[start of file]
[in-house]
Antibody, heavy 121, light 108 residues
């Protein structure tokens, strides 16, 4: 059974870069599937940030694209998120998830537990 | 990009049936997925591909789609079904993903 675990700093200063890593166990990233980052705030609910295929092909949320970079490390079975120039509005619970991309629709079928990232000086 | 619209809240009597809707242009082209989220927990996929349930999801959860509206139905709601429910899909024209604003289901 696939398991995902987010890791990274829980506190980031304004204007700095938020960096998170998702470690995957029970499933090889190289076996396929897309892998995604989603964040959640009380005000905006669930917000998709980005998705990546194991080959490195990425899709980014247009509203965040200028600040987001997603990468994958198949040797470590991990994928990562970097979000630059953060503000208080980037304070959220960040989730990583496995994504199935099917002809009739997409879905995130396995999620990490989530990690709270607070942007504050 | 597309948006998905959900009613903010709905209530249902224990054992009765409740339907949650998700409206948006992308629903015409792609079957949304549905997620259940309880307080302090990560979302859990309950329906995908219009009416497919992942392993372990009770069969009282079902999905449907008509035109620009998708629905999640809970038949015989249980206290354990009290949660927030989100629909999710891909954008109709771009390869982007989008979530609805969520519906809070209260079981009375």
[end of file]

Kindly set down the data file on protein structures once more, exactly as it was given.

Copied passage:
[in-house]
Antibody, heavy 121, light 108 residues
């Protein structure tokens, strides 16, 4: 059974870069599937940030694209998120998830537990 | 990009049936997925591909789609079904993903 675990700093200063890593166990990233980052705030609910295929092909949320970079490390079975120039509005619970991309629709079928990232000086 | 619209809240009597809707242009082209989220927990996929349930999801959860509206139905709601429910899909024209604003289901 696939398991995902987010890791990274829980506190980031304004204007700095938020960096998170998702470690995957029970499933090889190289076996396929897309892998995604989603964040959640009380005000905006669930917000998709980005998705990546194991080959490195990425899709980014247009509203965040200028600040987001997603990468994958198949040797470590991990994928990562970097979000630059953060503000208080980037304070959220960040989730990583496995994504199935099917002809009739997409879905995130396995999620990490989530990690709270607070942007504050 | 597309948006998905959900009613903010709905209530249902224990054992009765409740339907949650998700409206948006992308629903015409792609079957949304549905997620259940309880307080302090990560979302859990309950329906995908219009009416497919992942392993372990009770069969009282079902999905449907008509035109620009998708629905999640809970038949015989249980206290354990009290949660927030989100629909999710891909954008109709771009390869982007989008979530609805969520519906809070209260079981009375």